Talos Energy: Merger with the Stone Energy Corporation

After tapping the jackpot deep within the Gulf of Mexico, Talos Energy has become much better than before. The company announced that it would be undergoing a future merger with the Stone Energy Corporation. The decision came in after the board of directors of the company voted in favor of acquiring the Stone Energy Corporation. The company will then be renamed and rebranded as the Talos Energy Inc. Talos Energy is one of the largest oil and petroleum exploration firms in the country. Currently, they are stationed in the Gulf of Mexico, and they are continuing their operations gathering resources deep within the sea. The directors of both companies stated that the merging would be good for the growth of the Stone Energy Corporation and Talos Energy.

While the merging will take place in the months to come, the newly established organizational officials are now working to put the company at the New York Stock Exchange. Currently, Talos Energy has been given the ticker symbol named “TALO.” People who are behind this decision are backing it up, saying that trading the company open to the public would dramatically increase its value. According to reports, the total cost of the merger will be around $1.9 billion, and this is considered as one of the largest transactions in the history of the company.

The chief executive officer of Talos Energy, Timothy S. Duncan, stated that he is positive about the merger between the two companies. He is expecting more growth as the two companies merge, and he stated that their stock market value has the potential to skyrocket because of the merger. Another point raised by Timothy S. Duncan is the division of ownership that would take place after the merger – 63% of the new company would be under the control of the stakeholders from Talos Energy, while 37% of the remaining company would be under the control of the stakeholders from Stone Energy Corporation.

Talos Energy can extract 47,000 barrels of oil in the Gulf of Mexico each day. The company is dedicated to bringing only the best oil and petroleum products to their customers, and according to Timothy S. Duncan, they are still on the process of exploring the vast Gulf of Mexico in search for more oil and petroleum hotspots. He wanted to make the company the best when it comes to exploration and extracting the resources deep beneath the waters of the gulf.

Talos Energy is the Operator of the First Non-Pemex Oil Well in Mexico

When she decided to nationalize her oil sector in 1938, Mexico thought it would reap immensely (economically) from the move. The immediate reaction to Mexico’s decision included a boycott of the country’s products by the U.S, UK, Netherlands, etc. Several years later, the repercussions of nationalization became so apparent that Mexico changed her constitution in 2013 to encourage foreign investments in the sector. The change in the country’s laws meant that the state-owned Petróleos Mexicanos (better known as Pemex) would no longer enjoy the monopoly on the energy sector—for over 75 years, Pemex had no competitors.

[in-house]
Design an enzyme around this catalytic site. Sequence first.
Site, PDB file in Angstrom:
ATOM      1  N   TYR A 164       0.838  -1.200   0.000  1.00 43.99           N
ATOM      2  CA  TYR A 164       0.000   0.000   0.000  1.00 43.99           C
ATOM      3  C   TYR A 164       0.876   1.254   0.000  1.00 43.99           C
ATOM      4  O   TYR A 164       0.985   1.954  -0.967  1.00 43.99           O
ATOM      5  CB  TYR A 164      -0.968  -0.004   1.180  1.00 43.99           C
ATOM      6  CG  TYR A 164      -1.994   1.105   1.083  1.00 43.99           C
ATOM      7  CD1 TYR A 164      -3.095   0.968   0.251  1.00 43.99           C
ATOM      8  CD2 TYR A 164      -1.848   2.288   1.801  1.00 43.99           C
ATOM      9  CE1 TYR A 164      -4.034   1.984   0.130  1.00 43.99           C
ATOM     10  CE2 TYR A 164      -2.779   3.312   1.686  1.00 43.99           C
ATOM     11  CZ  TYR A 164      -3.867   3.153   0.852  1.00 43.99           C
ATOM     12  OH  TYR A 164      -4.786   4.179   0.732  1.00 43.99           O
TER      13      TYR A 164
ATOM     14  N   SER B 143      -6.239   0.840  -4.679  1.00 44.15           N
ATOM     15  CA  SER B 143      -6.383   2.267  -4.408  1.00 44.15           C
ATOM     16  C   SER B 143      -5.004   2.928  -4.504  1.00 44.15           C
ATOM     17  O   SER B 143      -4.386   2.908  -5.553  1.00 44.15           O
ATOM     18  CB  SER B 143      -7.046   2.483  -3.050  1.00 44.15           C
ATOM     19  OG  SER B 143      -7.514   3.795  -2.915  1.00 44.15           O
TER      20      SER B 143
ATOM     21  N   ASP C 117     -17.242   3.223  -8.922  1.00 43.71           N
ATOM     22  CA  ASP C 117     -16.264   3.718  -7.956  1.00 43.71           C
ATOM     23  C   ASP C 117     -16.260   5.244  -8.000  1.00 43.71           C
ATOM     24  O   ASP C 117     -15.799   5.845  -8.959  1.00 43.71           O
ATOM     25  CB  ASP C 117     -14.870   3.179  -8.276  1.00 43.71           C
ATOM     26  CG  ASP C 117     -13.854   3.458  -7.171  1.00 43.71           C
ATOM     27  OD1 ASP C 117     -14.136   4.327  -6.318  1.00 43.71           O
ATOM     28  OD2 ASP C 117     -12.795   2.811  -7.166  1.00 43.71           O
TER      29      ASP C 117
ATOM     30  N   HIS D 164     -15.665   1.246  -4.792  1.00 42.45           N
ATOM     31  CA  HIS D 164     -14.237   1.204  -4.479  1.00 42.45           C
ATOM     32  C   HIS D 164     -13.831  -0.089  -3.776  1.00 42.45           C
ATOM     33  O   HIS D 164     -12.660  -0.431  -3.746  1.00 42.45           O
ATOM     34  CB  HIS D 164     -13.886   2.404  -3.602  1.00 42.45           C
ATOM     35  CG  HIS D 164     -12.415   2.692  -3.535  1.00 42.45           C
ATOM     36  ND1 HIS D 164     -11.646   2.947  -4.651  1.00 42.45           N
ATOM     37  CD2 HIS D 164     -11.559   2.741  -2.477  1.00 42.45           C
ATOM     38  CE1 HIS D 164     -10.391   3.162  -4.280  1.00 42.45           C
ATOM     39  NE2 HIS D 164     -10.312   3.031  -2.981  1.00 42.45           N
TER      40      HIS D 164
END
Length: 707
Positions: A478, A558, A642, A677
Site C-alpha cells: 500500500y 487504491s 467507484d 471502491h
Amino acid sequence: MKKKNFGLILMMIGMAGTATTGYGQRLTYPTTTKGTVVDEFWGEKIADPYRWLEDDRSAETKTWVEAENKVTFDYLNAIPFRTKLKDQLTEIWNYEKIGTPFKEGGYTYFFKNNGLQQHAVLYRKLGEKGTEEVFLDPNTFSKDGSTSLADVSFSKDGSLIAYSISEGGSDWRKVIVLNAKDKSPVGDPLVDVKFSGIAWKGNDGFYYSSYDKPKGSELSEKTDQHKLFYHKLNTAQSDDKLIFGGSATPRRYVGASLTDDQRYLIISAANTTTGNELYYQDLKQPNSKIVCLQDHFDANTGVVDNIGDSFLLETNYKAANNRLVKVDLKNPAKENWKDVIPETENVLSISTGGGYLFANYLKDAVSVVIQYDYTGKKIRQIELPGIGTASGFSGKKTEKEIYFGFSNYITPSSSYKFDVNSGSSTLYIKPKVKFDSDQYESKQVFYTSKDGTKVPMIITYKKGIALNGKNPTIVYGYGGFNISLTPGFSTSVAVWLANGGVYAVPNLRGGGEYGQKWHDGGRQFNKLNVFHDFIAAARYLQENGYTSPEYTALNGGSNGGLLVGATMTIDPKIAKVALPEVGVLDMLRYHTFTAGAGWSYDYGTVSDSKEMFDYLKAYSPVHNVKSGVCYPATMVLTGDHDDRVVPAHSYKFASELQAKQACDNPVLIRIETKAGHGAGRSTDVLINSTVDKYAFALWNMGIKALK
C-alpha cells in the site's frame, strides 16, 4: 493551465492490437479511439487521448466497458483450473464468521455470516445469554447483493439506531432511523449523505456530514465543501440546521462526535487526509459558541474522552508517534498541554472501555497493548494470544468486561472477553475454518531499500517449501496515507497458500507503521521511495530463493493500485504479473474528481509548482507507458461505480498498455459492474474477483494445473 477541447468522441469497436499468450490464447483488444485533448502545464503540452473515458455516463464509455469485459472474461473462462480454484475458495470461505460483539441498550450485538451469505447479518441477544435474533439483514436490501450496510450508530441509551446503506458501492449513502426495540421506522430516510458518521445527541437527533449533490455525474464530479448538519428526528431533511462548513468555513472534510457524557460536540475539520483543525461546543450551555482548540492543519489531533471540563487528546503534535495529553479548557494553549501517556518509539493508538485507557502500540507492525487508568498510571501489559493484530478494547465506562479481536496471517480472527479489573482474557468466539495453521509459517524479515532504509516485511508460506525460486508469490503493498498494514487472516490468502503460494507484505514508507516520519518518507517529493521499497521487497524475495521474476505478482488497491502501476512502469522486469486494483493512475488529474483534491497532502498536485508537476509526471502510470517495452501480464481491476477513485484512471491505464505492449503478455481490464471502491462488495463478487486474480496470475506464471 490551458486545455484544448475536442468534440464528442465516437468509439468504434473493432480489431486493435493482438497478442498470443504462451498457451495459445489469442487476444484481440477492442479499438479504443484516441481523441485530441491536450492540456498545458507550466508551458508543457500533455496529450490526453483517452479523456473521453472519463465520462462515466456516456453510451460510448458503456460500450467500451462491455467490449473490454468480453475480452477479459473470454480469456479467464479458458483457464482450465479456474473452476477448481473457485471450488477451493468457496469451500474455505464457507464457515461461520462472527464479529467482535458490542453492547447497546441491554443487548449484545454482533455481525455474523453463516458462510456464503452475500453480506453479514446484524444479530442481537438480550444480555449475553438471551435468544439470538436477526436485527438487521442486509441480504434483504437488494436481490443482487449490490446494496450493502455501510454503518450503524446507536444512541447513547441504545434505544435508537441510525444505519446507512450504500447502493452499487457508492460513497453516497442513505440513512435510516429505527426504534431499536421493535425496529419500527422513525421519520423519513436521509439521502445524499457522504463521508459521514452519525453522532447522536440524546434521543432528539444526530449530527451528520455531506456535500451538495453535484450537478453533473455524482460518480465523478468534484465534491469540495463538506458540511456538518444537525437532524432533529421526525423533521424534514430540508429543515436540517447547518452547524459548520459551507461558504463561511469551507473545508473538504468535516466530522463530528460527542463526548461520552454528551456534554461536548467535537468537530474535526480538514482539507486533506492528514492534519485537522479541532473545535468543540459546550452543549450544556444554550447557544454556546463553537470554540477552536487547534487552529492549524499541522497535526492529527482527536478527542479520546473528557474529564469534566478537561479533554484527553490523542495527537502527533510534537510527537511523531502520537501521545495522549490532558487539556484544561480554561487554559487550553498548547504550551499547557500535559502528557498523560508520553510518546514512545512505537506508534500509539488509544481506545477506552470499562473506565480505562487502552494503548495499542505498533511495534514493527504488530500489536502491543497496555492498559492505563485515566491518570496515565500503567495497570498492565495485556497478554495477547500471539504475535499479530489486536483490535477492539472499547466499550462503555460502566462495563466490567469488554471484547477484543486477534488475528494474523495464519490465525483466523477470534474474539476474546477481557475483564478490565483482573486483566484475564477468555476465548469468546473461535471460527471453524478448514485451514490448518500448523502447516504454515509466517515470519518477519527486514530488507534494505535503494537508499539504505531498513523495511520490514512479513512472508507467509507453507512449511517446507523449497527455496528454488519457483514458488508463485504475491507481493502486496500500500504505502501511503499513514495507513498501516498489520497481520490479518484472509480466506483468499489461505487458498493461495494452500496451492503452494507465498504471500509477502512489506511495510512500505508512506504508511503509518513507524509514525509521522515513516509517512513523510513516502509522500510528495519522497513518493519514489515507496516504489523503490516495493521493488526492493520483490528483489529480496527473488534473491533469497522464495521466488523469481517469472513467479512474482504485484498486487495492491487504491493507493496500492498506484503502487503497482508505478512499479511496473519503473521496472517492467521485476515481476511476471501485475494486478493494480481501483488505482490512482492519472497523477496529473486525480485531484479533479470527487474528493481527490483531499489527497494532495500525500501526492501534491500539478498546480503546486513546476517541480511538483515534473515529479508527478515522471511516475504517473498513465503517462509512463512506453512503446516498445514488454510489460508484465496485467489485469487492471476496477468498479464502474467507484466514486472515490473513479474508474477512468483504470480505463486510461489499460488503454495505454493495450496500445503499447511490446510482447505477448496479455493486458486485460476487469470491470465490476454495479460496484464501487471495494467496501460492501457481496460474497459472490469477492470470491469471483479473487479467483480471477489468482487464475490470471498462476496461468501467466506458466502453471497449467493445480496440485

Two years after Mexico amended her constitution, she invited foreign companies (in the energy sector) to bid for an opportunity to prospect oil in the country. Two foreign companies, UK’s Premier Oil and America’s Talos Energy, won rights to the prospect in the first round of bidding. With the two foreign investors, the future of the country’s oil sector would take a new turn.

Talos Energy, Premier Oil, and Mexico’s Sierra Oil & Gas settled on working together to drill the first non-Pemex well, the Zama-1 Well. Drilling of the well commenced on May 21, 2017. Premier Oil, through a statement issued by the company in May, speculated that the well would be fully drilled in 90 days. The report further speculated that the Zama-1 Well, located in the Sureste Basin, holds between 100 million and 500 million barrels of crude oil. The UK based Premier Oil owns 25% stake in the project. The company expects that it will advance $16 million towards the drilling of the well. To know about Talos Energy click here.

Of course, the move by Mexico to open her borders excited investors and analysts from different investment firms all over the world. For example, Elaine Reynolds and Charlie Sharp of Edison Investment Research and Canaccord Genuity respectively have high hopes in the Zama-1 Well.

Houston’s Talos Energy owns 35% stake in the Zama Well, and it operates the well. The Zama project rightly suits the private company as it is interested in oil and gas projects in Gulf Coast and the Gulf of Mexico. The company has been scaling the heights of the energy sector since it was founded in 2012. Thanks to the able stewardship of Tim Duncan, the co-founder and CEO.